The meeting was successful as it led to Mr P being admitted again under section 3 of the Mental Health Act (1983) which has now been amended to Mental Health Act (2007) and was diagnosed with schizophrenia which is his current condition. Rogers and Pilgrim 2005 describes schizophrenia as a mental disorder marked by severely impaired thinking and emotions that affects behaviours as shown by abnormality in language, thought, perception and sense of self.
The effectiveness of the multidisciplinary team in the care of Mr P was that the team was comprised of the correct people at the right time who were able to share different expertise, the ability to take a comprehensive holistic view of his needs. This also enabled the team to diagnose Mr P as I was not in a position to do so, as observed by Borril et al (2000) that shared objectives and individual roles by a team has a significant bearing of their effectiveness in the work they do.
According to Webster (1995) risk is a likely occurrence of harm to self, to others, attempt of suicide and abuse or exploitation by others. Risk assessment is an integrated part of the care delivery contributed by the multidisciplinary team. This TAG tool was used to gather information about Mr P clinical history and current clinical presentation to enable the multidisciplinary team to come to a judgement on how to manage these risks. The severity of Mr P.’s mental health problems was rated under each domain numbered from 1to7 where the assessor was ticking according to the severity of mental health problem.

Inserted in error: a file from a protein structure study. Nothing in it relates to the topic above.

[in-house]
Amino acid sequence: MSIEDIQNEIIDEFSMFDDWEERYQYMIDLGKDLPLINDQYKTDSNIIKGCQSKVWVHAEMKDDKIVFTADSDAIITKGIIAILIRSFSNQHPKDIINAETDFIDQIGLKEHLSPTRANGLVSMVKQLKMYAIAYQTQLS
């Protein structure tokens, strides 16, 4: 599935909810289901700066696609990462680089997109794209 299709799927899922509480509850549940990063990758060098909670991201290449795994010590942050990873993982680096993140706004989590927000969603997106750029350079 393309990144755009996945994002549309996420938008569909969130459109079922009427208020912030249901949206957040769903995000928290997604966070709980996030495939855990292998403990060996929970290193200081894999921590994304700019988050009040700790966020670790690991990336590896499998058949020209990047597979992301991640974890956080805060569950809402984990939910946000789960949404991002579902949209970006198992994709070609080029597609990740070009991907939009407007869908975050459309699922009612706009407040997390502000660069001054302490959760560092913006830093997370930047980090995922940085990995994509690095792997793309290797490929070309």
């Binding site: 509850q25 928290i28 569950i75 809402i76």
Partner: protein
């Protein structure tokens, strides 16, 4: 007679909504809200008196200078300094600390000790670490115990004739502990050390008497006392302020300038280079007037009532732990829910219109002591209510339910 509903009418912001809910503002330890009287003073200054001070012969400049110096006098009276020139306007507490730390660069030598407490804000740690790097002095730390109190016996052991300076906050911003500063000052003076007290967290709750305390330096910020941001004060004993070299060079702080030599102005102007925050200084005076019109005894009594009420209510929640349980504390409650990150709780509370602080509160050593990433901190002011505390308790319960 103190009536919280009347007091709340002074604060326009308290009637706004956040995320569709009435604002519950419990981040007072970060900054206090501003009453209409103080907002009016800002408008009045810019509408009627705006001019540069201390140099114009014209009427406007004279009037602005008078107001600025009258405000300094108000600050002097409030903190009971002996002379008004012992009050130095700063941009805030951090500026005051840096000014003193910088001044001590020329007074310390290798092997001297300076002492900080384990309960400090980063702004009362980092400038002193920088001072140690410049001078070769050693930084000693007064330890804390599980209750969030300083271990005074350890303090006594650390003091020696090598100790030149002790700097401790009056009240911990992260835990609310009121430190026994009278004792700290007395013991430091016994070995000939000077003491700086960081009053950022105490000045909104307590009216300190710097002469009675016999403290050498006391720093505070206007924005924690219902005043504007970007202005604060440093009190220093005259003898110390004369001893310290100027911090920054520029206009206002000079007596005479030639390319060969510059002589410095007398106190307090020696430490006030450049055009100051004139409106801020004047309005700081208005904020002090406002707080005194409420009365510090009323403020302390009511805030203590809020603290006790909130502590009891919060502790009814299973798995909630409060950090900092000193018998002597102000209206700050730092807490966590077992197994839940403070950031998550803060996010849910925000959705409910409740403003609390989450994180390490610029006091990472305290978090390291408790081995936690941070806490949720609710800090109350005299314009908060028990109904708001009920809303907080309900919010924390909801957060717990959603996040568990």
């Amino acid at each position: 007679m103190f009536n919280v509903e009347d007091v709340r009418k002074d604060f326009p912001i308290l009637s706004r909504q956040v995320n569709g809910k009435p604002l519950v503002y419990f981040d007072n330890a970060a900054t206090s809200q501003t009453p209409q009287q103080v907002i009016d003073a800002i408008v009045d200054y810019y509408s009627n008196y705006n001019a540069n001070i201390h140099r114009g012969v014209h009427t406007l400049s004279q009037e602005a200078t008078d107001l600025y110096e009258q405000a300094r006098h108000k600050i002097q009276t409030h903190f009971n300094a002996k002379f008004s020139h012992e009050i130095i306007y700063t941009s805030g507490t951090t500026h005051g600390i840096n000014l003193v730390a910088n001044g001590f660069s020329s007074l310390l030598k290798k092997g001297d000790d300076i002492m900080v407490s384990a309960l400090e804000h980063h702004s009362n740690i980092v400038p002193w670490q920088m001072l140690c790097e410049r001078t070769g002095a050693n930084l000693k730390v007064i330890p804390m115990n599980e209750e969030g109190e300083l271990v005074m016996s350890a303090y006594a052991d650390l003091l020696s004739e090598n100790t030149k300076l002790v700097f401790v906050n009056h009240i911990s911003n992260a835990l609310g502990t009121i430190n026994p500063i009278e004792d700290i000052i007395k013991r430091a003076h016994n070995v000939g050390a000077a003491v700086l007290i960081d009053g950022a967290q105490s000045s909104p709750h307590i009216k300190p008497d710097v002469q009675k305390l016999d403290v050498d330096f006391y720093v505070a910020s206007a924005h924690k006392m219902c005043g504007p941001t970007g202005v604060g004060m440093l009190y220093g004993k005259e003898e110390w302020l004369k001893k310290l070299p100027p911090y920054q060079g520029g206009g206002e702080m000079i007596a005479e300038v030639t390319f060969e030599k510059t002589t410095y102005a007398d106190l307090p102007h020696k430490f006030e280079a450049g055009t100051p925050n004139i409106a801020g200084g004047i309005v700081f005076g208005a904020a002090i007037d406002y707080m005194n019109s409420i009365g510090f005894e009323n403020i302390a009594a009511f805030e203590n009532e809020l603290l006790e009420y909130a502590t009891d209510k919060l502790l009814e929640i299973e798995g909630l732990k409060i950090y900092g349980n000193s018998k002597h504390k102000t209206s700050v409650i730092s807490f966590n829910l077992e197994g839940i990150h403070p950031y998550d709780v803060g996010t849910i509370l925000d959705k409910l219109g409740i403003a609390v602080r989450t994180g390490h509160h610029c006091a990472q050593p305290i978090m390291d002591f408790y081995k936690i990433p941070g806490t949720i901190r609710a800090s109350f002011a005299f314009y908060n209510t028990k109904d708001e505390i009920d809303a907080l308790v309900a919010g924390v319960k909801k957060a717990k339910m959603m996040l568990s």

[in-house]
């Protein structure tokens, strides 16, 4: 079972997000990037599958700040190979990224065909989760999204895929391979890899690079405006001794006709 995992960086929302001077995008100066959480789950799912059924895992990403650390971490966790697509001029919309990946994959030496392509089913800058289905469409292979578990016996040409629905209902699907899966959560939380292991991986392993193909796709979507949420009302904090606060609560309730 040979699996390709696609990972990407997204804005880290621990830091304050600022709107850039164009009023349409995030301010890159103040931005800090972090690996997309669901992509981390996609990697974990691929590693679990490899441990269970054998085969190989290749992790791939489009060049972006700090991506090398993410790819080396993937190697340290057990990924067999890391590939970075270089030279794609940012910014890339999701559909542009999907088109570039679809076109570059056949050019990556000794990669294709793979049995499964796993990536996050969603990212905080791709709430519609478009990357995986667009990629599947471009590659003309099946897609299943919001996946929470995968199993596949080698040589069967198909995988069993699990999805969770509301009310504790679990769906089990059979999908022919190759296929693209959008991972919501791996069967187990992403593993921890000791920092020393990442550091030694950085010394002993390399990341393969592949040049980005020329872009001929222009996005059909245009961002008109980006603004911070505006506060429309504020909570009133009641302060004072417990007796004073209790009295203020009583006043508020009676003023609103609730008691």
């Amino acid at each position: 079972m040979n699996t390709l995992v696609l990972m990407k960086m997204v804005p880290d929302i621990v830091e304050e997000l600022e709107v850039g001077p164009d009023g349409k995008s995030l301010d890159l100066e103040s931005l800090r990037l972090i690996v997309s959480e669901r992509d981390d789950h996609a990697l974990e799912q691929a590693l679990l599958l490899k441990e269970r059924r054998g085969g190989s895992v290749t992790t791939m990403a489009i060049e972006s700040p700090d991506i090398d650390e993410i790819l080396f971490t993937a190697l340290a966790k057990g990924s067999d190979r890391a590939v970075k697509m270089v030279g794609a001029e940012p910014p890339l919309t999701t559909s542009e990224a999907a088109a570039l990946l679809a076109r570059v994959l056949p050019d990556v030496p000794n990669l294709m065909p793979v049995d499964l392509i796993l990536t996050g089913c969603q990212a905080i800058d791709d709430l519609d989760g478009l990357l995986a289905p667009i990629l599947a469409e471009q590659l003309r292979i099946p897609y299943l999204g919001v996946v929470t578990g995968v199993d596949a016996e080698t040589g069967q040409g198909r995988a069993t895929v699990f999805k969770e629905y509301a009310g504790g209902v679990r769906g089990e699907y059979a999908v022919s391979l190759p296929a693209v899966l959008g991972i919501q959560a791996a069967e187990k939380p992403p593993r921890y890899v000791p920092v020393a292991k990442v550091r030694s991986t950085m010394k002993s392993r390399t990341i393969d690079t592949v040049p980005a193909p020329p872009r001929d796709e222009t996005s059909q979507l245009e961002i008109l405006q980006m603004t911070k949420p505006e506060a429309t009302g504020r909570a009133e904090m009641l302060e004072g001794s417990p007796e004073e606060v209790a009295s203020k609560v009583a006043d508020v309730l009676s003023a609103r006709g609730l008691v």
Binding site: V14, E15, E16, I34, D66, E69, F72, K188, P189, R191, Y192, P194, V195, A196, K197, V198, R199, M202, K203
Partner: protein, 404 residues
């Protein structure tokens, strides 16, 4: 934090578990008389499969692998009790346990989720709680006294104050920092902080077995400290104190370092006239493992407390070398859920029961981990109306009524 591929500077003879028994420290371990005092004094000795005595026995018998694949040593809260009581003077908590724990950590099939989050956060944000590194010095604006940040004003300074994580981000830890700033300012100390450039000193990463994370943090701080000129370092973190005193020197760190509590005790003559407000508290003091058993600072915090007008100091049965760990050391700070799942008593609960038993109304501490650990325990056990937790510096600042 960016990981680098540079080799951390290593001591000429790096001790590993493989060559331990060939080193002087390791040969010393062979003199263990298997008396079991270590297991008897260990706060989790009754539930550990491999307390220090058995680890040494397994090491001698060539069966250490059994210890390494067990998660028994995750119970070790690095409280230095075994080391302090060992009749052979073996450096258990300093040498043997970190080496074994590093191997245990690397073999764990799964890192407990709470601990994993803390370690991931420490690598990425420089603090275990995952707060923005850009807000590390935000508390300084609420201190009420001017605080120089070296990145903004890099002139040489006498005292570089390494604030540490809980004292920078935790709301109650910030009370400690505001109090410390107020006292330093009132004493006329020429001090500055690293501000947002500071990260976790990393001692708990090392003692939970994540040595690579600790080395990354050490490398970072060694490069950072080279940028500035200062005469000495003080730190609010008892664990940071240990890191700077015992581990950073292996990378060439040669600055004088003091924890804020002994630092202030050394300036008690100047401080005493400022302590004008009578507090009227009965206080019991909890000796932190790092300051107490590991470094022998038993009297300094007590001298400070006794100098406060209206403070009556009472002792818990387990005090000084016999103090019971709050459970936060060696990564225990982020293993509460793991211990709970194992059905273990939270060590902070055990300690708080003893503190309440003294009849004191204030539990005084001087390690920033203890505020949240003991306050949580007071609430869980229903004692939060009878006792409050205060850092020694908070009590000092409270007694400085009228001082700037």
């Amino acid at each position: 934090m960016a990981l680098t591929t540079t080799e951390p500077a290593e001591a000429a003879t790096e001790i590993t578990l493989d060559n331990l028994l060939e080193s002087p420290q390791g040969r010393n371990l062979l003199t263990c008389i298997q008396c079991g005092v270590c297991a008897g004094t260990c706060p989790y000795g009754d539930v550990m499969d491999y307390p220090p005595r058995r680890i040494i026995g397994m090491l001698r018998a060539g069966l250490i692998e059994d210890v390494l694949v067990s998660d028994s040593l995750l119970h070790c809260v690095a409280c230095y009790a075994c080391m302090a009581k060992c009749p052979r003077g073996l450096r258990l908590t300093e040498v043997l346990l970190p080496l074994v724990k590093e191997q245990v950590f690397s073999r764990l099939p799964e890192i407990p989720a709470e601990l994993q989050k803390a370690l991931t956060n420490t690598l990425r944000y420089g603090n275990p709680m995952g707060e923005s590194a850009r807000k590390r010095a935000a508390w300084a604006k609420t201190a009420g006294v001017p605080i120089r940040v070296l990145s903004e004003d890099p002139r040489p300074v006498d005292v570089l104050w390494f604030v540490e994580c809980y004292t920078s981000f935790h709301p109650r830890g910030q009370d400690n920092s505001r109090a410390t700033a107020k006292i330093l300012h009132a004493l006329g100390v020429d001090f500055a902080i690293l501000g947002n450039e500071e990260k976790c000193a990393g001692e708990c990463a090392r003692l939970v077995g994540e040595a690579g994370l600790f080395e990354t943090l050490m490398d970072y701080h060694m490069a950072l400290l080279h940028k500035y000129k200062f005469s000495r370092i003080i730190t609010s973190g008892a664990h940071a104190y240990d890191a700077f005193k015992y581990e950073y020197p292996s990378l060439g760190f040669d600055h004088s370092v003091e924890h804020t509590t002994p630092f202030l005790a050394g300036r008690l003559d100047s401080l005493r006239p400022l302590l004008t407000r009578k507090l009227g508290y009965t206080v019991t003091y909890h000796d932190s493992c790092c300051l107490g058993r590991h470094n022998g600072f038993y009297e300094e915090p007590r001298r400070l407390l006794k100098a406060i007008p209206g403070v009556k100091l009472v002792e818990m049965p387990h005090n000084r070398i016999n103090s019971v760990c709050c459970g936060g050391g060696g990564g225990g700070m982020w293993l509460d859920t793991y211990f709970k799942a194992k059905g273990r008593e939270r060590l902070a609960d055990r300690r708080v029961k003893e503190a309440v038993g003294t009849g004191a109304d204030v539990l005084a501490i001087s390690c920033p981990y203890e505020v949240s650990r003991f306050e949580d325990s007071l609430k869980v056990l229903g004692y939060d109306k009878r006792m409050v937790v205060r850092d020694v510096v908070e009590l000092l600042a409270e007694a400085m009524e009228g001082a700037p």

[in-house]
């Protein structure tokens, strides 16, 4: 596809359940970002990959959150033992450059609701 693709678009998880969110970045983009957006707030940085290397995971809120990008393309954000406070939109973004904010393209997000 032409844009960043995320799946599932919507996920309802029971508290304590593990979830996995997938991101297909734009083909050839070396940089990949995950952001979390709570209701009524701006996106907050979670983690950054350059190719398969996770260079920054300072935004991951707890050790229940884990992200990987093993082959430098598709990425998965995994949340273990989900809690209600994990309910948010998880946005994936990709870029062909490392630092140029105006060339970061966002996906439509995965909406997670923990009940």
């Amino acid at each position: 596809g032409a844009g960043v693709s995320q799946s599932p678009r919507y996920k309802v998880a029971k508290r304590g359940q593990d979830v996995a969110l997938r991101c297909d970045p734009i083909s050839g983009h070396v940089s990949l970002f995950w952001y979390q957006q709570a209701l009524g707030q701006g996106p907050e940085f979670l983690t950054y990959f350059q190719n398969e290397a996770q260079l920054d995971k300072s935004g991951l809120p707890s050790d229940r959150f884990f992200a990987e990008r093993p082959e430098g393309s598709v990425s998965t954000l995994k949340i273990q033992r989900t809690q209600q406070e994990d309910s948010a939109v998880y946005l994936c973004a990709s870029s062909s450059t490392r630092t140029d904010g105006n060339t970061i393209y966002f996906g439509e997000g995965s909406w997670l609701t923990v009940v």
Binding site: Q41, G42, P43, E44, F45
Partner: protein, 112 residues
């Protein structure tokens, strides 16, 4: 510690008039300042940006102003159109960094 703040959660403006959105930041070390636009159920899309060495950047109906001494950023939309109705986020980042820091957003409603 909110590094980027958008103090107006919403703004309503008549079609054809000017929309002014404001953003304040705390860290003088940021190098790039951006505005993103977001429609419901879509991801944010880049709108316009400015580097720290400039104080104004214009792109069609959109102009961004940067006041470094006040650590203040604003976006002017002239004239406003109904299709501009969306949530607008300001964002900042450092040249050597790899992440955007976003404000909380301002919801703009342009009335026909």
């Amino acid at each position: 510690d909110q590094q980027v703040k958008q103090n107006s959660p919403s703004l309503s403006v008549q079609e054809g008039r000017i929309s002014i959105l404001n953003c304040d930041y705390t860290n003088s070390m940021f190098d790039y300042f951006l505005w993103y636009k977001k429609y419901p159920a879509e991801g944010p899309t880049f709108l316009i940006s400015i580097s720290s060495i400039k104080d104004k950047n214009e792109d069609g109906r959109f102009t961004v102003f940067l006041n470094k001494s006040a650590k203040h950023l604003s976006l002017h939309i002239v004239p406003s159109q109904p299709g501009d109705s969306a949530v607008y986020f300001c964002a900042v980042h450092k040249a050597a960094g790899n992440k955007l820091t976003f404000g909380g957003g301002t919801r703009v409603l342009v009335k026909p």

The rating of the severity of Mr P.’s mental health problems was rated under each domain numbered 1to 7 by looking at three areas: Safety- intentional/unintentional self harm, Risk-risk from others or to others, Needs and disabilities-survival concerns about basic amenities, resources or living skills. This risk assessment enabled the staff and anyone who read the risk assessment to be in a position of knowing how to assist Mr P. with his daily living.
Whilst Safeguarding Adults policy and procedures, were being followed, this did not contradict with the public duty of those carrying out the work to protect the human rights of all citizens. Mr P. was not kept locked in his or away from the community but instead of being left to his own device, he had a member of staff who was to be with him at all times to ensure his safety and that of others. Such work is the responsibility of all agencies and cannot exist in isolation (www.legislation.gov.uk).
In conclusion Mr P’s needs were finally met with the contribution and the effectiveness of the multidisciplinary team in needs assessment and Mr P was involved in the decision making (person centred care). I now understand the presentation and behaviours of people with schizophrenia the risk involved to them and others and the legislations that underpin the rightful care.